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London police: Over 100 fines issued in UK 'partygate' probe

Prime Minister Boris Johnson arrives for a regional cabinet meeting at Middleport Pottery in Stoke on Trent, England, Thursday, May 12, 2022. (Oli Sca...

Prime Minister Boris Johnson arrives for a regional cabinet meeting at Middleport Pottery in Stoke on Trent, England, Thursday, May 12, 2022. (Oli Sca...

LONDON (AP) — The number of fines issued over breaches of coronavirus regulations at British government offices, including Prime Minister Boris Johnson’s official residence, has expanded to more than 100, London’s Metropolitan Police force said Thursday.

Johnson admitted last month that he was among dozens of people who paid a police fine for attending lockdown-breaching parties and gatherings, making him the first British leader to be sanctioned for breaking the law while in office.

Revelations that Johnson and other senior officials gathered illegally in government buildings in 2020 and 2021 - when millions in the country were told to restrict their lives to slow the spread of COVID-19 - has angered voters and triggered calls for Johnson to resign.

Johnson has apologized for attending his own surprise birthday party at 10 Downing St. in June 2020, but insisted that it “did not occur” to him that the gathering, which he said lasted less than 10 minutes, was a party.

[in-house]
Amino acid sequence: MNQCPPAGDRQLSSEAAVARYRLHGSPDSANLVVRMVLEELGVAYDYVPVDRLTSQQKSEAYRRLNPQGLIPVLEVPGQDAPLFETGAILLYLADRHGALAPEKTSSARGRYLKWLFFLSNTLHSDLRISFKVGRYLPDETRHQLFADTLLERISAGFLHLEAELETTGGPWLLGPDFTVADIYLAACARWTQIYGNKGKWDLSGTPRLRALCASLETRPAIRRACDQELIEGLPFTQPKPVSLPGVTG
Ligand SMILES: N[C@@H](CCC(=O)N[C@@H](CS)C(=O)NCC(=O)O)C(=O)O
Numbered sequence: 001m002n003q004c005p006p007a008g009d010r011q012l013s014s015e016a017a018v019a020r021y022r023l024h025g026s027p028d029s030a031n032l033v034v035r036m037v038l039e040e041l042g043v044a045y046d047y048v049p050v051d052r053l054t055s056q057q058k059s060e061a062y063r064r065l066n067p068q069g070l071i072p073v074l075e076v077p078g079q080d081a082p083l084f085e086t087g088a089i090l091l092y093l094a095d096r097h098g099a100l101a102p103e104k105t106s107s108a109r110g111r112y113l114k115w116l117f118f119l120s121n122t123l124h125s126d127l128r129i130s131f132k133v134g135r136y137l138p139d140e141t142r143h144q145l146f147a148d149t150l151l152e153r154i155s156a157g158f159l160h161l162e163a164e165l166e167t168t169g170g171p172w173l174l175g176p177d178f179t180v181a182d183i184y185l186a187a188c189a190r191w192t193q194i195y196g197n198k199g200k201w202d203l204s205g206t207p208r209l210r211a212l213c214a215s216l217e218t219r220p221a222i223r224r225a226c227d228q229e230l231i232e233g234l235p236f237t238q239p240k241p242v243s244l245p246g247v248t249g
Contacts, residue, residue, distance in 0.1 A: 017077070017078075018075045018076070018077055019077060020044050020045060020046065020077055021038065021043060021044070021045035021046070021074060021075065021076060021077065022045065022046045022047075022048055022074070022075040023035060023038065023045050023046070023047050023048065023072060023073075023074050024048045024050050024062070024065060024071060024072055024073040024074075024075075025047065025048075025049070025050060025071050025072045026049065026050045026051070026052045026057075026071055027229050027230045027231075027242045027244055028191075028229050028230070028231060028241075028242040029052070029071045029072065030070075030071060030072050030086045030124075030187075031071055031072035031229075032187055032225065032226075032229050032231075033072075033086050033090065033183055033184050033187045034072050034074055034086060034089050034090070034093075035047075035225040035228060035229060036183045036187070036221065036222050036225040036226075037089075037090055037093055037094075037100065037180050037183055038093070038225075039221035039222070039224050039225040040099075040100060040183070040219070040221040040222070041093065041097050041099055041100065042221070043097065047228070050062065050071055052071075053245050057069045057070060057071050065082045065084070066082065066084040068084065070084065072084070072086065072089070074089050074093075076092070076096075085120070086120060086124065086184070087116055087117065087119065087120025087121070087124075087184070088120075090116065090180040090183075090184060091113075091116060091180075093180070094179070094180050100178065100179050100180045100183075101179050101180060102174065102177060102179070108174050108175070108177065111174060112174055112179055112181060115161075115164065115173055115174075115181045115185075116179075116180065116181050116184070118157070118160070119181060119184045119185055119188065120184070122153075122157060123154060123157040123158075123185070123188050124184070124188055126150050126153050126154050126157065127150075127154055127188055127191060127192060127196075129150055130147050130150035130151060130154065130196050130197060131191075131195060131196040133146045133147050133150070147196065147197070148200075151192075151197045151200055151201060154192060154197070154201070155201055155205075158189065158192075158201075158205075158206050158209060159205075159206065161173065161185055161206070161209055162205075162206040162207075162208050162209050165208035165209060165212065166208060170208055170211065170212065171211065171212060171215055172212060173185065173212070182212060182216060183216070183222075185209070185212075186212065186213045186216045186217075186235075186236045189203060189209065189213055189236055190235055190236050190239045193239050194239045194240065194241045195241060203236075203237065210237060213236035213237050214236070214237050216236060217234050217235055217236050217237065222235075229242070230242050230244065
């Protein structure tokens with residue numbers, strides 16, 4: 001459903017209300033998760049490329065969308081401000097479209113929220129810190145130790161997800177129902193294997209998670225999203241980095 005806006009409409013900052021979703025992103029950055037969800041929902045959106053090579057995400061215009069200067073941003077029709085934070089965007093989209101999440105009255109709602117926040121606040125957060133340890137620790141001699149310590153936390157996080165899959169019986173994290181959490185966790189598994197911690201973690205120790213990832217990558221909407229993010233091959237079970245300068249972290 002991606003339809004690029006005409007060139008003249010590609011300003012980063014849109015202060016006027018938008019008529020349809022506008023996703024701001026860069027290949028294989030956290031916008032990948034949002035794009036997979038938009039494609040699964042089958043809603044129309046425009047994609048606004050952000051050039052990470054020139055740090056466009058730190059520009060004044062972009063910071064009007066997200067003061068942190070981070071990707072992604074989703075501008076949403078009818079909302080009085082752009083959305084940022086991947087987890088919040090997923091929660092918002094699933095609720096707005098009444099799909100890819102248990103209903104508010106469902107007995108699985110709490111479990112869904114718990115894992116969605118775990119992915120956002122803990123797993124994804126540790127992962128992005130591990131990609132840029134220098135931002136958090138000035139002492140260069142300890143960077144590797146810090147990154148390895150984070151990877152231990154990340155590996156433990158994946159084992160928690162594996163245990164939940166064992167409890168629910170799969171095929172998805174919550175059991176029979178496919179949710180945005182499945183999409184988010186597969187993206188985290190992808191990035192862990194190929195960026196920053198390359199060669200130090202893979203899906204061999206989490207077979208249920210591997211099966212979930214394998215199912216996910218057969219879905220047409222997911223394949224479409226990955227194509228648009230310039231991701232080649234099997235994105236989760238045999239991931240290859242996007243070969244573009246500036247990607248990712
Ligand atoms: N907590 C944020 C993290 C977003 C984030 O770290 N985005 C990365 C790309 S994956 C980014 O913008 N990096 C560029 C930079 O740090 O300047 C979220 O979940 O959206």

Johnson’s wife, Carrie, and Treasury chief Rishi Sunak also said they were fined for attending the same event.

The police force's update doubled the number of fixed-penalty notices issued so far over the scandal that has been dubbed “partygate.” Last month, the force said it had given about 50 such fines as a result of its investigation.

The Metropolitan Police said investigations were continuing into a dozen gatherings, which reportedly included “bring your own booze” office parties and “wine time Fridays” organized by Johnson’s staff.

Police do not identify the recipients of the fines. Johnson's spokesperson said Thursday the prime minister was not among the individuals cited in the latest round of penalty notices.

A senior civil servant, Sue Gray, is conducting a separate investigation of the government parties. In a partial report on gatherings that are not the subject of criminal investigations by police, Gray said “failures of leadership and judgment” in Johnson’s government allowed events to occur that should not have happened.

More than 176,000 people have died in Britain after testing positive for the coronavirus, the highest toll in Europe after Russia.